National Aquarium’s Plan To Relocate 7 Dolphins Will Be Delayed

The National Aquarium’s plan to relocate its dolphins next year will be delayed because of climate change and pollution, according to officials. For more than two years, officials have been planning to move the aquarium’s seven bottlenose dolphins from Baltimore to Florida or the Caribbean, but they have yet to find a suitable location for the new sanctuary. The aquarium reviewed and vetoed more than 50 possible locations because of unclean water or threats like sea-level rise and extreme storms. (WJZ-TV)

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Counties wrestle with regulations about location of solar installations

When the Maryland Legislature this year dramatically increased the amount of solar power Maryland must produce in the coming years, lawmakers also increased the pressure on the counties that help decide where that power will come from. Counties already had been grappling with where, and where not, to locate large solar installations. Now that more such installations will be needed, the pressure has intensified. (Daily Record)

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FDA Oks First Medical Device To Treat ADHD In Children

The first medical device to treat childhood attention deficit hyperactivity disorder, or ADHD, was OK’d Friday by the US Food and Drug Administration. Designated for children ages 7 to 12 who are not currently on medication for the disorder, the device delivers a low-level electrical pulse to the parts of the brain responsible for ADHD symptoms. (WJZ-TV)

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Unemployment in Maryland ticks up in March

The unemployment rate in Maryland ticked up to 3.8% in March from 3.7% the previous two months, but is still below the 4.1% the state posted a year ago. The state rate was the same as the national rate of 3.8% for March, which was unchanged from the previous month and little changed from a year ago, according to the latest report from the U.S. Labor Department’s Bureau of Labor Statistics. (Balt. Sun)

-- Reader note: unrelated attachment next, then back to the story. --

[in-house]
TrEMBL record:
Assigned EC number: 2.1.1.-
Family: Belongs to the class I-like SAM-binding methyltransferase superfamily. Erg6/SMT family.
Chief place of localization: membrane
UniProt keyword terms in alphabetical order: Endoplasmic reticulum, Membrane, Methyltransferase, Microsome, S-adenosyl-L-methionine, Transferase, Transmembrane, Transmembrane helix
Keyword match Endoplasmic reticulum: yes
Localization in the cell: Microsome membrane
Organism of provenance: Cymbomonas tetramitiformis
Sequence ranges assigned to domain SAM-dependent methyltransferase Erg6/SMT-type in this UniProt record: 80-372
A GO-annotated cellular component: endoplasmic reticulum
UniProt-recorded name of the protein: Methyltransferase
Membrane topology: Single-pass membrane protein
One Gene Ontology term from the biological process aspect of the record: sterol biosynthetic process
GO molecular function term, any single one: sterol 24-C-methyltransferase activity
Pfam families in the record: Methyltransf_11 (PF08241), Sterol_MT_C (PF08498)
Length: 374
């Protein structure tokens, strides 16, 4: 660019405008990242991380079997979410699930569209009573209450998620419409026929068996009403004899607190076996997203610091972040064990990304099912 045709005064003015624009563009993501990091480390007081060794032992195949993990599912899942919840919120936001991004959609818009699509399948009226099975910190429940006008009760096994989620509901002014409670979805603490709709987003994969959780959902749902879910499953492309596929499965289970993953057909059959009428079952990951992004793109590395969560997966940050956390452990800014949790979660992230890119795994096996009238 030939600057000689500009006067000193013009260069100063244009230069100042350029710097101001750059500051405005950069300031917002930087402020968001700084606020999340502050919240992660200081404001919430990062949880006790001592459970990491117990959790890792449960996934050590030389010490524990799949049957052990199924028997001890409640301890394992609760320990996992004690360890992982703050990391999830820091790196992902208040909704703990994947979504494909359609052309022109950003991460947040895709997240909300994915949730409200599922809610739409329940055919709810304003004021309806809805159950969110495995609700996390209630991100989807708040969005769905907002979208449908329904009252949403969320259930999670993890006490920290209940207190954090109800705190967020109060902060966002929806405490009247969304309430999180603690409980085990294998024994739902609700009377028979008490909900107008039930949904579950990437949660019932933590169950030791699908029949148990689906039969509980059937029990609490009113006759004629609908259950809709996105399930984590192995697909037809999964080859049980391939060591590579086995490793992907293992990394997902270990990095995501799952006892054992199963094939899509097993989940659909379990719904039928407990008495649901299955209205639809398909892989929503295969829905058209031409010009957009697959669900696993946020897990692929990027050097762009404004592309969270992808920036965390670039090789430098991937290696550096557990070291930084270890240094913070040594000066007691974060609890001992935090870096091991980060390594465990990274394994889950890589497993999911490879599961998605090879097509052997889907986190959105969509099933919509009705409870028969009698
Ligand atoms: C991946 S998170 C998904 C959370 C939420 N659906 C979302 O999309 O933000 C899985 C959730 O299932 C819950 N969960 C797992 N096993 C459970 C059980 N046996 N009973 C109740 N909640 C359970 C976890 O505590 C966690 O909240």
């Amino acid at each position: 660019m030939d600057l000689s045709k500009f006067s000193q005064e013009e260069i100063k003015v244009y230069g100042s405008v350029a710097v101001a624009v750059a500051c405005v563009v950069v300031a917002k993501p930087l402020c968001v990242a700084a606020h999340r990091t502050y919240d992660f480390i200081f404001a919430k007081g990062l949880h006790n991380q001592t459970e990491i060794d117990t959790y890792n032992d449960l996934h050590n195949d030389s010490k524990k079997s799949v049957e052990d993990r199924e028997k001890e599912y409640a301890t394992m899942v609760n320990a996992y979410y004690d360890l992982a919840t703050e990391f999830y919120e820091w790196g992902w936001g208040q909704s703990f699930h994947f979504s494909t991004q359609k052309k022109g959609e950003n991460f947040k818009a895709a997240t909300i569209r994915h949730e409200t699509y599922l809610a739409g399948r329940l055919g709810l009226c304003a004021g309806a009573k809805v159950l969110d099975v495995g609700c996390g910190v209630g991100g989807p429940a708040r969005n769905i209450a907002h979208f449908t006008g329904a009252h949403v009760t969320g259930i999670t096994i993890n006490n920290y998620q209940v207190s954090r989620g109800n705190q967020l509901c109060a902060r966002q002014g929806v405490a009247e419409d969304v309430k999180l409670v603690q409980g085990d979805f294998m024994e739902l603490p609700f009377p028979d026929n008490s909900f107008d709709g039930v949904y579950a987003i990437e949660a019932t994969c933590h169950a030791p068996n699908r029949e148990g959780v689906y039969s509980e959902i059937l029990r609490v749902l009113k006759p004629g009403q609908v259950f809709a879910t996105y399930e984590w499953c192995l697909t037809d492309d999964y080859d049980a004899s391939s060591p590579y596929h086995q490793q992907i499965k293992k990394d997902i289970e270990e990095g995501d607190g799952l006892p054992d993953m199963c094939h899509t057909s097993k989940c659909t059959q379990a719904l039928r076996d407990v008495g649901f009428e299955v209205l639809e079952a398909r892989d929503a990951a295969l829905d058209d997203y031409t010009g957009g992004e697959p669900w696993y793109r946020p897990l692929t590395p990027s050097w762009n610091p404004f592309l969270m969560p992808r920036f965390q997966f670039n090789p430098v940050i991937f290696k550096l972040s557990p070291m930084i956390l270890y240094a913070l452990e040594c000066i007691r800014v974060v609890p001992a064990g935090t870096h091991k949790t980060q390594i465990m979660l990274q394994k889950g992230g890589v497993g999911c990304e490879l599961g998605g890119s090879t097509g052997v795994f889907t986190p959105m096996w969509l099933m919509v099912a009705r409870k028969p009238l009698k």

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Anne Arundel County Executive turns down Chesapeake Park in letter to Bayhawks

Thanks, but no thanks. That’s essentially what Anne Arundel County Executive Steuart Pittman said in a March 22 letter to the sports group proposing a large sports complex at the former Crownsville Hospital site. Chesapeake Sports and Entertainment Group put together a concept proposal for ball fields, a 10,000-seat stadium, retail, hotels and other amenities at the old Crownsville Hospital grounds. They met briefly with Pittman in late March to present their project and data collected showing the project could work at the site. (Balt. Sun)

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Opposition drops appeal, Anne Arundel Medical Center to open cardiac center by 2020

Opponents of a cardiac surgery center at Anne Arundel Medical Center announced Friday that they dropped their final appeal, clearing the way for work to begin on opening the long-sought medical facility in Annapolis. The Capital Region Health System, part of the University of Maryland Medical System, released a statement saying its decision would allow it to focus on expanding its own surgery center at the UM Prince George’s Hospital Center in Cheverly. (Balt. Sun)

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Fellow UMMS board members helped finance Pugh’s campaign

Baltimore Mayor Catherine Pugh, then a state senator in a tough campaign for the job she long coveted, turned to fellow University of Maryland Medical System Board of Directors for an influx of cash as voting started in the 2016 Democratic primary for mayor. Pugh received $200,000 in loans from fellow UMMS board members in mid-April of that year. Additionally, 13 board members, as well as UMMS employees serving in ex officio capacities on the board, and their spouses contributed nearly $37,000 to Pugh between June 2015 and April 2016, records show. (Daily Record)

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New opportunity zone guidelines expected to loosen regulations

The Trump administration’s second set of proposed guidelines for opportunity zones aim to make it easier to invest in business and real estate in distressed areas throughout the country and encourage economic impact. The highly-anticipated guidance brings clarity to investors who were looking for opportunities within the zones but were likely holding back on any spending.   (Balt. Bus. Journal)

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